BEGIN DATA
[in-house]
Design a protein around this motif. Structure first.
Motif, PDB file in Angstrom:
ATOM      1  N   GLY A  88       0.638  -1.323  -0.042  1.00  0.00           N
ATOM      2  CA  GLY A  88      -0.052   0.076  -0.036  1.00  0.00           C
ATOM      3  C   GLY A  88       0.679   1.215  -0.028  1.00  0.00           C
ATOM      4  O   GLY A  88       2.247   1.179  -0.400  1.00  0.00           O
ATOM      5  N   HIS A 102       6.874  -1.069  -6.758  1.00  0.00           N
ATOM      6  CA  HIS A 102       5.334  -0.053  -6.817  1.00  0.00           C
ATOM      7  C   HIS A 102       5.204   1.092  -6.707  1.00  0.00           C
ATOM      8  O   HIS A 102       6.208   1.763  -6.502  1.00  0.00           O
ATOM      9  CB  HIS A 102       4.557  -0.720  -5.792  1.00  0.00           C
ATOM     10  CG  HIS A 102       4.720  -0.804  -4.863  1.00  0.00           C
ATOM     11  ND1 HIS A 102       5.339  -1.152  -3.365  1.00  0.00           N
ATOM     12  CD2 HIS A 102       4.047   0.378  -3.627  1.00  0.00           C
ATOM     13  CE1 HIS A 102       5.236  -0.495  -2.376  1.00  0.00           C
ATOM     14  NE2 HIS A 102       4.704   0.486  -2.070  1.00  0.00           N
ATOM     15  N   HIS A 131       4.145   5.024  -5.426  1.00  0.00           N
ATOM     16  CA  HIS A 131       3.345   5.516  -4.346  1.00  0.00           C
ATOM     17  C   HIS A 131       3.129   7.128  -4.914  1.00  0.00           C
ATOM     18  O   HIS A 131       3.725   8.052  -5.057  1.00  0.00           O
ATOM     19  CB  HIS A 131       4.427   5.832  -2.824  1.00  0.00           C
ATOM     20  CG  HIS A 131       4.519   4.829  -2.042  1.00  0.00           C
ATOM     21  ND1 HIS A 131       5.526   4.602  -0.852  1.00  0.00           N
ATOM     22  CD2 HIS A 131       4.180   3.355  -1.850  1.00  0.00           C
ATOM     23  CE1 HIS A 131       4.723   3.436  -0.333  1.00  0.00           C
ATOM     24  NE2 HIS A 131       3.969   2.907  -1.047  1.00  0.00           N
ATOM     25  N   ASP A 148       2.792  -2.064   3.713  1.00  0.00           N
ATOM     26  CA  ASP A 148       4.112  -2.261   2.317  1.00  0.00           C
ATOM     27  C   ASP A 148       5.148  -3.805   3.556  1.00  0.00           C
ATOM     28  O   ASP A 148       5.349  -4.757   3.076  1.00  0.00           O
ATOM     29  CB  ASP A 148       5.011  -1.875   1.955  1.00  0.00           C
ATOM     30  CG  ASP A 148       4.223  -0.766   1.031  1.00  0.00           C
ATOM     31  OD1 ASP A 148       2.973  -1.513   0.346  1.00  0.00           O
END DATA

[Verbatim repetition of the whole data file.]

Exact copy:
[in-house]
Design a protein around this motif. Structure first.
Motif, PDB file in Angstrom:
ATOM      1  N   GLY A  88       0.638  -1.323  -0.042  1.00  0.00           N
ATOM      2  CA  GLY A  88      -0.052   0.076  -0.036  1.00  0.00           C
ATOM      3  C   GLY A  88       0.679   1.215  -0.028  1.00  0.00           C
ATOM      4  O   GLY A  88       2.247   1.179  -0.400  1.00  0.00           O
ATOM      5  N   HIS A 102       6.874  -1.069  -6.758  1.00  0.00           N
ATOM      6  CA  HIS A 102       5.334  -0.053  -6.817  1.00  0.00           C
ATOM      7  C   HIS A 102       5.204   1.092  -6.707  1.00  0.00           C
ATOM      8  O   HIS A 102       6.208   1.763  -6.502  1.00  0.00           O
ATOM      9  CB  HIS A 102       4.557  -0.720  -5.792  1.00  0.00           C
ATOM     10  CG  HIS A 102       4.720  -0.804  -4.863  1.00  0.00           C
ATOM     11  ND1 HIS A 102       5.339  -1.152  -3.365  1.00  0.00           N
ATOM     12  CD2 HIS A 102       4.047   0.378  -3.627  1.00  0.00           C
ATOM     13  CE1 HIS A 102       5.236  -0.495  -2.376  1.00  0.00           C
ATOM     14  NE2 HIS A 102       4.704   0.486  -2.070  1.00  0.00           N
ATOM     15  N   HIS A 131       4.145   5.024  -5.426  1.00  0.00           N
ATOM     16  CA  HIS A 131       3.345   5.516  -4.346  1.00  0.00           C
ATOM     17  C   HIS A 131       3.129   7.128  -4.914  1.00  0.00           C
ATOM     18  O   HIS A 131       3.725   8.052  -5.057  1.00  0.00           O
ATOM     19  CB  HIS A 131       4.427   5.832  -2.824  1.00  0.00           C
ATOM     20  CG  HIS A 131       4.519   4.829  -2.042  1.00  0.00           C
ATOM     21  ND1 HIS A 131       5.526   4.602  -0.852  1.00  0.00           N
ATOM     22  CD2 HIS A 131       4.180   3.355  -1.850  1.00  0.00           C
ATOM     23  CE1 HIS A 131       4.723   3.436  -0.333  1.00  0.00           C
ATOM     24  NE2 HIS A 131       3.969   2.907  -1.047  1.00  0.00           N
ATOM     25  N   ASP A 148       2.792  -2.064   3.713  1.00  0.00           N
ATOM     26  CA  ASP A 148       4.112  -2.261   2.317  1.00  0.00           C
ATOM     27  C   ASP A 148       5.148  -3.805   3.556  1.00  0.00           C
ATOM     28  O   ASP A 148       5.349  -4.757   3.076  1.00  0.00           O
ATOM     29  CB  ASP A 148       5.011  -1.875   1.955  1.00  0.00           C
ATOM     30  CG  ASP A 148       4.223  -0.766   1.031  1.00  0.00           C
ATOM     31  OD1 ASP A 148       2.973  -1.513   0.346  1.00  0.00           O